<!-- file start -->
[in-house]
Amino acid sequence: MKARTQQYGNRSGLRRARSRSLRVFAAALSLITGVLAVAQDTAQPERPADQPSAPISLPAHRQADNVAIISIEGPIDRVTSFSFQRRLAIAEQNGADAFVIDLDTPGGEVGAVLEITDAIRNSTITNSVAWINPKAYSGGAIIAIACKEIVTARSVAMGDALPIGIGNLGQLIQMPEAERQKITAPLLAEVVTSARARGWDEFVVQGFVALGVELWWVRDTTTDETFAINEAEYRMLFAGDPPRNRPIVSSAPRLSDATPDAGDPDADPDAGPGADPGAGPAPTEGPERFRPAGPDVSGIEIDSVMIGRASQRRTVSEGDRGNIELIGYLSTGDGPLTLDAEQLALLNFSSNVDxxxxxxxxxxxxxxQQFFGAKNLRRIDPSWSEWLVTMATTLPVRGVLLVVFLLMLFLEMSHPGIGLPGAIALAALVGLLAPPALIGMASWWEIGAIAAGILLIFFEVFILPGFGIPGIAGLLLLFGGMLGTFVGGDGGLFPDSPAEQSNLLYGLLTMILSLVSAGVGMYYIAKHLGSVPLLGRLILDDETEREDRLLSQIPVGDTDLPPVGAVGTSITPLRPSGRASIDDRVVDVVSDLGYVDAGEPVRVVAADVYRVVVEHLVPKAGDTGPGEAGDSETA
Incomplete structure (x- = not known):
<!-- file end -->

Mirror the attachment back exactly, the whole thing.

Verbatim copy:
[in-house]
Amino acid sequence: MKARTQQYGNRSGLRRARSRSLRVFAAALSLITGVLAVAQDTAQPERPADQPSAPISLPAHRQADNVAIISIEGPIDRVTSFSFQRRLAIAEQNGADAFVIDLDTPGGEVGAVLEITDAIRNSTITNSVAWINPKAYSGGAIIAIACKEIVTARSVAMGDALPIGIGNLGQLIQMPEAERQKITAPLLAEVVTSARARGWDEFVVQGFVALGVELWWVRDTTTDETFAINEAEYRMLFAGDPPRNRPIVSSAPRLSDATPDAGDPDADPDAGPGADPGAGPAPTEGPERFRPAGPDVSGIEIDSVMIGRASQRRTVSEGDRGNIELIGYLSTGDGPLTLDAEQLALLNFSSNVDxxxxxxxxxxxxxxQQFFGAKNLRRIDPSWSEWLVTMATTLPVRGVLLVVFLLMLFLEMSHPGIGLPGAIALAALVGLLAPPALIGMASWWEIGAIAAGILLIFFEVFILPGFGIPGIAGLLLLFGGMLGTFVGGDGGLFPDSPAEQSNLLYGLLTMILSLVSAGVGMYYIAKHLGSVPLLGRLILDDETEREDRLLSQIPVGDTDLPPVGAVGTSITPLRPSGRASIDDRVVDVVSDLGYVDAGEPVRVVAADVYRVVVEHLVPKAGDTGPGEAGDSETA
Incomplete structure (x- = not known):